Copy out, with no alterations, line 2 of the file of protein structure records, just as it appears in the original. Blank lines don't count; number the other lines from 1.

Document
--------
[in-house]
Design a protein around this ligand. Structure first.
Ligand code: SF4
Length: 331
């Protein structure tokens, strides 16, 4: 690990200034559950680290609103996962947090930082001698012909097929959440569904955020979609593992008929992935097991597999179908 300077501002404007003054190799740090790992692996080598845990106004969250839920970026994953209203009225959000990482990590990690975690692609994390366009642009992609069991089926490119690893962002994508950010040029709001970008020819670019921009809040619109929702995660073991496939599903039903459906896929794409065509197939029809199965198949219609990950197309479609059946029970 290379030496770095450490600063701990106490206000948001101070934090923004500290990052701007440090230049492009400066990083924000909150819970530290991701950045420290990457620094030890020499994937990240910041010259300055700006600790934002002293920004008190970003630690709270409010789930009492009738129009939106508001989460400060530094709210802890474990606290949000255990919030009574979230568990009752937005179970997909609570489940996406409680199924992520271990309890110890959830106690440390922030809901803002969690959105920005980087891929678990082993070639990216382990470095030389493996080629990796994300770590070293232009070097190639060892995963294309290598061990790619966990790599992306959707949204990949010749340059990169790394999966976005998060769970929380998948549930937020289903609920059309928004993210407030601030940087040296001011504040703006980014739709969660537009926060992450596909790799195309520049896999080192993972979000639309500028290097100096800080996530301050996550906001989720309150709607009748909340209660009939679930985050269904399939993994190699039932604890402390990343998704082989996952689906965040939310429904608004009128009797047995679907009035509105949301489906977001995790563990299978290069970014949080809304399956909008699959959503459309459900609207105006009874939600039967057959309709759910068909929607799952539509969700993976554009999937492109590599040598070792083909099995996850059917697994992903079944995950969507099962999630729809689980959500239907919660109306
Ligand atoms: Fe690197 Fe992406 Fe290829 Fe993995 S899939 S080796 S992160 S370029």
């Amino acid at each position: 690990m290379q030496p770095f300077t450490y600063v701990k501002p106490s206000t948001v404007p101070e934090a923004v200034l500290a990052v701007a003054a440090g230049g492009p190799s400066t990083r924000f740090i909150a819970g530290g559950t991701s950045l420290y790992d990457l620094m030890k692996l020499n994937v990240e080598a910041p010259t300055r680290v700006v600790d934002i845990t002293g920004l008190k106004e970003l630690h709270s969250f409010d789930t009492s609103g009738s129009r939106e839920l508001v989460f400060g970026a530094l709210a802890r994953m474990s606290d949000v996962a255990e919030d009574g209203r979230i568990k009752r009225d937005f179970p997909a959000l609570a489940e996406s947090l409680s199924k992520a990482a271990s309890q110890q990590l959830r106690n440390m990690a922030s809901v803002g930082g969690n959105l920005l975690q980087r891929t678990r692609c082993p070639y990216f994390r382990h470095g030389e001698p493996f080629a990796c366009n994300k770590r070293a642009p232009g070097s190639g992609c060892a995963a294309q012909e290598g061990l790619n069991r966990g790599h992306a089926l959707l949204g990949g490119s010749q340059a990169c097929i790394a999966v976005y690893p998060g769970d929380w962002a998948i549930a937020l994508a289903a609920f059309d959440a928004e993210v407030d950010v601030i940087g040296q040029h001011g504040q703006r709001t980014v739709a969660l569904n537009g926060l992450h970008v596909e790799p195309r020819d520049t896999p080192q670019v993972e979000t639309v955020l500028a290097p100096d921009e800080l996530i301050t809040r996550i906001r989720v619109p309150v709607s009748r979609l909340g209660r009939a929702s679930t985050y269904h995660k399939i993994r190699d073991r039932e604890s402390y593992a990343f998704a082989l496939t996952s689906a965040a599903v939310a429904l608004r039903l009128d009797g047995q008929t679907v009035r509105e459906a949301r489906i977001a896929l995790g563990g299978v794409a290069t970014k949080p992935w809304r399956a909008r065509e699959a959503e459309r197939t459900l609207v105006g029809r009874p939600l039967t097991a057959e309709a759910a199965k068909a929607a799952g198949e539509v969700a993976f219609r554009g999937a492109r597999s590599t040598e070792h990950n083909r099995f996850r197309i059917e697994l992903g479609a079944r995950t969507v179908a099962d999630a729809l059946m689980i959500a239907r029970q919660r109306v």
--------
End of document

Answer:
Design a protein around this ligand. Structure first.